WS2812B and sensors

Good morning,
I'm having some troubles trying to integrate sensors to multiple strings of WS2812B leds using only 3 pins (Voltage, Data and Ground).
The aim is to send an unique ws2812b signal with colors and animations of every led in the string, while each led may be switch on and off by his sensor (or switch/button).
To better understand what I'm meaning I attached a schema.
My question is about the WS2812b signal: would this be "elaborated" by the WS2811 driver integrated into the WS2812Bs even if there is no voltage?

Thanks in advance
Leo

I don't see your schema, only a signal timing diagram?

I don't understand your question. What did you mean by "elaborated even if no voltage"?

Your signal timing diagram is also confusing. What does each trace represent? Do you know that the signal protocol used by ws2811/2 is more complex than this?

yeah, sorry, it's just a signal trace of data sent through the ws2812b devices.
Each 8bit data with any data out of 00000000 is indicated as "up", otherwise (led off) data is "down".
The question is about the ws2811 driver, if you look at the datasheet what I understand is that it is taking the whole string in DIN, estrapolate the first 24bit (8bit each led) and output each R/G/B as PWM according to. Led will blow as there is a 5V source applied. After that he returns the rest of the string (DIN minus without the first 24bit) as DO, is it right?
My question is what will happen if I apply 0V to VDD? will the signal go through the WS2811 anyway? will the WS2811 return all the string or without the first 24 bits as it is supposed to be?

hope to have explained me better.

Greatings. Leo

IMG_20201001_144744.jpg

IMG_20201001_144744.jpg

Leopesto:
My question is what will happen if I apply 0V to VDD? will the signal go through the WS2811 anyway? will the WS2811 return all the string or without the first 24 bits as it is supposed to be?

If you tun off the supply voltage, the chip will not operate. Simple as that. “Common sense” tells you this.

However, if you send data to it with the supply voltage turned off, the protection diode will feed current from the data input into the supply terminal - VDD. Because the protection diode is not rated to do this, you may damage the chip.

So the point is - this is something you would never do! :roll_eyes:

But just in case, this is one reason why you use a 330 or 470 Ohm resistor in series with the data feed to the first chip in any separate strip.

Paul__B:
If you tun off the supply voltage, the chip will not operate. Simple as that. "Common sense" tells you this.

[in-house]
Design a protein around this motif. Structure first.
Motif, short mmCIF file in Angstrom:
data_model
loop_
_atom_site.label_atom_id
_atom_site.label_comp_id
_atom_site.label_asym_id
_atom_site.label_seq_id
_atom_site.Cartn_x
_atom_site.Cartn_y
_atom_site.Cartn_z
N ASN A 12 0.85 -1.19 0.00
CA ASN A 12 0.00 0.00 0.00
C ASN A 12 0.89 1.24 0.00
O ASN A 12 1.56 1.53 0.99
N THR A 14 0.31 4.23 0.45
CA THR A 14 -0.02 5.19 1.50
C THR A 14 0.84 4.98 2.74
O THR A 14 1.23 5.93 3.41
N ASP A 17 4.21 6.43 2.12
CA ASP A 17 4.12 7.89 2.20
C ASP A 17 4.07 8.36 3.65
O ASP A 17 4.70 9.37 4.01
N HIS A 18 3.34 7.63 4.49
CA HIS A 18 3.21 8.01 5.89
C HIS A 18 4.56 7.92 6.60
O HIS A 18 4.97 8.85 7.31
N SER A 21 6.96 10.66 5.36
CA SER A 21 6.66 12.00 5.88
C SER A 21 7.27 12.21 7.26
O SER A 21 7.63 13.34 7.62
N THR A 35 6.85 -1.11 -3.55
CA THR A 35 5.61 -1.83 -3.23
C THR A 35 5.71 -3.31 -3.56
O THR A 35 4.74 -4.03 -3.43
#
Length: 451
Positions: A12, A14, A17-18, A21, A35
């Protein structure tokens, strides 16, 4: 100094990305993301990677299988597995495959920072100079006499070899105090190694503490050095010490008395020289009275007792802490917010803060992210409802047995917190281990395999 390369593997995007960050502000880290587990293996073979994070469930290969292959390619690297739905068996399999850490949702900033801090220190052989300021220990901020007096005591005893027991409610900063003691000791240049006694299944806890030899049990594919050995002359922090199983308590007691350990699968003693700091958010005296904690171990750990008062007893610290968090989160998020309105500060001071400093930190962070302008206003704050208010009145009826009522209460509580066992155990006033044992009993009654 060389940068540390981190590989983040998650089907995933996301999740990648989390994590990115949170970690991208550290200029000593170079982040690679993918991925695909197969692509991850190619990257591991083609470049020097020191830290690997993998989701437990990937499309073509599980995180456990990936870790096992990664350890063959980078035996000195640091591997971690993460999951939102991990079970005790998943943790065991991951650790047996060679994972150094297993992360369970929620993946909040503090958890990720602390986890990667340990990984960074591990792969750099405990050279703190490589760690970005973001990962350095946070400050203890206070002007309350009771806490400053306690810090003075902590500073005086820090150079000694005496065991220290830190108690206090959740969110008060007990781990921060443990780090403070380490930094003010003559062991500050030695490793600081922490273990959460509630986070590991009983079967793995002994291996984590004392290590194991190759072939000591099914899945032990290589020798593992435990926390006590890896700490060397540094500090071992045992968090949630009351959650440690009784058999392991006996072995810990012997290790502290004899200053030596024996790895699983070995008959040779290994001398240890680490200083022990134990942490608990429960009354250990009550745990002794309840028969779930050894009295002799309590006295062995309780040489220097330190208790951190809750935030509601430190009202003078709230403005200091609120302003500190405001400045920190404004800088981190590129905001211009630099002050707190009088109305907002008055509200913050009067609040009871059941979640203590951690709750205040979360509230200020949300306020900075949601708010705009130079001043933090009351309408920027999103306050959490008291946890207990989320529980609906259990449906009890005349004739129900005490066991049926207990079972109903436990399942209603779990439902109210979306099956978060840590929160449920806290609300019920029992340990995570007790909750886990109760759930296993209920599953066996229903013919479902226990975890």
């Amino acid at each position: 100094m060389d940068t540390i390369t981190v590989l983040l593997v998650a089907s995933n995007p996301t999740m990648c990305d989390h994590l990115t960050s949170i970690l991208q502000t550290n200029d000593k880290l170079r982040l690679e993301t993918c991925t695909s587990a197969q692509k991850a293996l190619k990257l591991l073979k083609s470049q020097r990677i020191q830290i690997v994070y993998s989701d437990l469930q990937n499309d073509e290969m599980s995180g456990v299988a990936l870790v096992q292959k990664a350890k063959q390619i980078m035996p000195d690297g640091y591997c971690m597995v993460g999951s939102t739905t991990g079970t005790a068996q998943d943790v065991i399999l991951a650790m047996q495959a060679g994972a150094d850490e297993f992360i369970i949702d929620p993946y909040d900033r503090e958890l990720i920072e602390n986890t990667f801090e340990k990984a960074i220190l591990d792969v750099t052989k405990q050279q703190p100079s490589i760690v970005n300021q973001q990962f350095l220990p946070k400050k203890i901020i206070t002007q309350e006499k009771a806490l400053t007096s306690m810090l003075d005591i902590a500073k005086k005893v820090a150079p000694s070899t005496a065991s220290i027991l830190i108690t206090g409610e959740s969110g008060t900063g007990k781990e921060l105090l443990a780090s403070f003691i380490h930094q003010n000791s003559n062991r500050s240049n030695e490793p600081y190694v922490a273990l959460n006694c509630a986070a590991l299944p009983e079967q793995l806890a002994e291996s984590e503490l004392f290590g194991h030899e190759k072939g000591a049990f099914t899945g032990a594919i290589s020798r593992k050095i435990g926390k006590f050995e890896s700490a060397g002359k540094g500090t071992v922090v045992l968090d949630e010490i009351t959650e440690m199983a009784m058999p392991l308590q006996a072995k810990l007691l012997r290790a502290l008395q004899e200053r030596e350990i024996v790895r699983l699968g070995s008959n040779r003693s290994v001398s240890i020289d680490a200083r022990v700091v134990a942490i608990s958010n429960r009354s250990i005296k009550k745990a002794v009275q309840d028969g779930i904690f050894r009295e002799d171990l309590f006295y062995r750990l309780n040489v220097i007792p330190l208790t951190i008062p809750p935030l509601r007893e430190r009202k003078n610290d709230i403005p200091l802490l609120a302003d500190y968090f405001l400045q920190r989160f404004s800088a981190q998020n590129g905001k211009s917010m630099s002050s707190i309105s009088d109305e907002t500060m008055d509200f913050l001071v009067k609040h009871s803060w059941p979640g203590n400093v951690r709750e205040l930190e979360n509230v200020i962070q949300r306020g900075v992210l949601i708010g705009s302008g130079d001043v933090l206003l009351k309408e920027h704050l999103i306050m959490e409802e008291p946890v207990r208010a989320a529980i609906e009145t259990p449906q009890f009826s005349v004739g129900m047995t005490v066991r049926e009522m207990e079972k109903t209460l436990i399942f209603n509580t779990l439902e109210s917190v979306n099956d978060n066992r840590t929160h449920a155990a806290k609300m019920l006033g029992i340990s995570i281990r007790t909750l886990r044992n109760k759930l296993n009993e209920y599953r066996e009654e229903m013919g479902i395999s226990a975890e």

However, if you send data to it with the supply voltage turned off, the protection diode will feed current from the data input into the supply terminal - VDD. Because the protection diode is not rated to do this, you may damage the chip.

So the point is - this is something you would never do! :roll_eyes:

But just in case, this is one reason why you use a 330 or 470 Ohm resistor in series with the data feed to the first chip in any separate strip.

Hi Paul,
thank you very much for the explanation.

I take this opportunity to ask you what advice you give me to do what I thought, that is to shutdown a single LED if its corresponding switch/sensor is off.
Everything must be done electronically, acting on a signal that wants the led to be on, this is because arduino would be far away and doesn't know if the sensor is active or not.
Even more interesting would be to have 3 switches per led, each controlling a single color.

From what I understand I should replace the first 24bit with a signal equal to 24x "code 0" (switch any T1 to T0), how is that possible?

Thanks in advance
Leo

Well, though there are some ASICs designed to operate these LED strings, here we discuss the use of the Arduino and similar devices (such as ESP8266) to generate the data stream that codes to these LEDs.

Now very few of us feel the need to get "down and dirty" with the actual data streams, because there are the "FastLED" or "NeoPixel" libraries provided for us to perform the coding. These libraries, installed via the IDE Library Manager and including code examples for their use, implement an array of variables corresponding to the number of LEDs you specify, in which you can then choose to set individual LEDs or groups to a given colour followed by the command which in a single action once you have the entire pattern determined, transfers the array to the strip.

So what you need to do is to use the examples to learn to control your own strip, then starting with such an example code, write a program which firstly determines the default pattern and then reads your inputs and (only) when they change, makes the appropriate changes to the array and writes the new pattern to the strip. :sunglasses:

Paul__B:
Well, though there are some ASICs designed to operate these LED strings, here we discuss the use of the Arduino and similar devices (such as ESP8266) to generate the data stream that codes to these LEDs.